• A keyword the recipient can text if they need more information regarding the campaign.

It’s good practice to reconfirm consent every 18 months.

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When creating your messages, be sure to include certain content to ensure the recipient doesn’t consider it spam and quickly opt-out.

  • Identify your club as the sender. Every message should show you as the sender except in follow-up messages of an ongoing conversation.
  • Focus on the user’s experience. Make sure the message is relevant to the recipient. For example, don’t include members in messages you would send to a prospective member. This may increase your opt-outs or your messages being reported as spam.
  • Be intentional with the language in your links. Avoid language that looks like spam in your links. Recipients are cautious unless they trust the sender so if sending a link in your first message, don’t risk losing potential members by using language that makes the recipient suspicious.
  • Include opt-out language. Provide instructions on how the recipient can opt-out of your messages using STOP, Unsubscribe, or the equivalent. IGNITE Sales will automatically include opt-out language in messages.
  • Keep it brief. The industry standard for SMS segments is 160 characters. This includes your club name, message content, links, and opt-out language. If a message exceeds this limit, it is segmented into multiple messages and additional carrier rates will apply.


Ignite Engagement will automatically include the name of your club in the message to identify the sender? It will also automatically include opt-out language in messages.

Learn more here.

Texting Compliance

By following these best practices, you can create impactful SMS marketing campaigns for your current (and prospective) members. However, it’s important to be mindful of the Federal Communications Commission (FCC) laws used to regulate SMS marketing and the consequences.

First is the Telephone Consumer Protection Act (TCPA) of 1991. TCPA regulates telemarketing by restricting businesses from contacting consumers without prior consent. Updated in 2013, this now includes SMS marketing. Businesses must ask consumers for permission, in writing, to send them commercial text messages, inform how often the consumers will receive text messages including potential carrier costs and fees, and provide consumers an option to opt-out of SMS communications.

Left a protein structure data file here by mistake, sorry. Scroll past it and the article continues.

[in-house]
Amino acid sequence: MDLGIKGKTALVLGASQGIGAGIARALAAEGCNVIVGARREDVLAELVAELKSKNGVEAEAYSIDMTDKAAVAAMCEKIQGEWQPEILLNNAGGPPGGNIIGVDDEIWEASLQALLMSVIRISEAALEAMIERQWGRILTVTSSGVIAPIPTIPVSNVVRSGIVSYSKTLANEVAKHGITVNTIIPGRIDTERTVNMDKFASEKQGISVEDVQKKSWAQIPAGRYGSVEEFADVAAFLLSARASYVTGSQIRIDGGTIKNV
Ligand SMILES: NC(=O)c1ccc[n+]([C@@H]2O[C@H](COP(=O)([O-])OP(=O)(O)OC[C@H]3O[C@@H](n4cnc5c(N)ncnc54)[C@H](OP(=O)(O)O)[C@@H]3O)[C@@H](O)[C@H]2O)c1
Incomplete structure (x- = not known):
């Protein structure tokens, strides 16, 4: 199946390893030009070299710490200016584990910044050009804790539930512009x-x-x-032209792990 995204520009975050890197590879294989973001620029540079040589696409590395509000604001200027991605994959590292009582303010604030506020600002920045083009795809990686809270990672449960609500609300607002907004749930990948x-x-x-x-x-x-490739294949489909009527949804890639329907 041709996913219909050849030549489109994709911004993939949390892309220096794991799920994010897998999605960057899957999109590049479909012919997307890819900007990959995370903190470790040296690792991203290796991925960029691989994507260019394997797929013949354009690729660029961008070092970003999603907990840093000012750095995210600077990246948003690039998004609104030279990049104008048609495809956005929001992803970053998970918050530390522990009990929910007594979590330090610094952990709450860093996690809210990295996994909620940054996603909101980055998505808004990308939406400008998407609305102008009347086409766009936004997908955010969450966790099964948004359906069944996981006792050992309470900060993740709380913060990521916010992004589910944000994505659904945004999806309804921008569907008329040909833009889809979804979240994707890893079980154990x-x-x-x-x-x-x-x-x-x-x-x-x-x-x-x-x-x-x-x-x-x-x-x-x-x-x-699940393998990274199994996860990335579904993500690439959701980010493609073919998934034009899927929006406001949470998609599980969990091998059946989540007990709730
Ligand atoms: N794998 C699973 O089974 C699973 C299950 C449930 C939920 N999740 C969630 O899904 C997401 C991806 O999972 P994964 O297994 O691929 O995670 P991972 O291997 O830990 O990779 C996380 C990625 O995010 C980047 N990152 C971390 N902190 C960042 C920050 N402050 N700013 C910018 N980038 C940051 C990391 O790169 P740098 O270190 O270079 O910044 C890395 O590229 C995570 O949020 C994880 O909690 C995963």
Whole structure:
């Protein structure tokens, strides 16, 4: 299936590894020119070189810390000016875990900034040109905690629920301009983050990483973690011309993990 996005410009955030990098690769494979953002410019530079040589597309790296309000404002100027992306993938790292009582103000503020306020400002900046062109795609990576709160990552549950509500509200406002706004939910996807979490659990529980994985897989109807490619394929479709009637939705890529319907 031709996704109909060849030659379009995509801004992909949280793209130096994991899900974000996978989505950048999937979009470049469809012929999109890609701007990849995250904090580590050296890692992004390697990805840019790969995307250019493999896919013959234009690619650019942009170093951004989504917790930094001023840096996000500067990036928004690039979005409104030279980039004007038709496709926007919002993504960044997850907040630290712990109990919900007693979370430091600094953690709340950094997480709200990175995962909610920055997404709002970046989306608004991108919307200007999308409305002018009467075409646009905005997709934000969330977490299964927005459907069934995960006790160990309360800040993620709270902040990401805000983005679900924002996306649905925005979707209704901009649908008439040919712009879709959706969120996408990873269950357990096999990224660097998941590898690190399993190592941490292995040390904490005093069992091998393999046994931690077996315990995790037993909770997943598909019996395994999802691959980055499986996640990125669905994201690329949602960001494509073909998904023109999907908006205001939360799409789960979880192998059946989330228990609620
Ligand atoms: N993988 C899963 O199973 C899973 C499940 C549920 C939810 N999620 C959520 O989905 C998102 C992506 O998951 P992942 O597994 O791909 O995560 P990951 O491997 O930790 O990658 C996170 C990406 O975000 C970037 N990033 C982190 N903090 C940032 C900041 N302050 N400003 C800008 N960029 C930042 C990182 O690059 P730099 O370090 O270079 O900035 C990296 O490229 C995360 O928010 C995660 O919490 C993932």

The second law is Controlling the Assault of Non-Solicited Pornography and Marketing Act (CAN-SPAM) of 2003. This act is a supplement to the TCPA to regulate email spam, ban false or misleading header information, and prohibit deceptive subject lines. The focus of this act is on email, but it can apply to SMS sent via internet-to-phone SMS technology.

Violations can result in fines of $500 – $1500 per unsolicited text message. In addition to the FCC, the Cellular Telecommunications Industry Association (CTIA) and the Mobile Marketing Association (MMA) monitor SMS marketing for violations and help businesses adhere to best practices.

Gym SMS Marketing Best Practices Lead to Low Opt-Outs

Reaching out to your members and prospective members has its challenges but following the best practices outlined here can result in successful messaging campaigns with few opt-outs.

One of the benefits of IGNITE Sales is the ease with which you can communicate with your members and prospective members via SMS text messaging. Request a demo today and learn how ABC Fitness can help you take your gym membership management to the next level.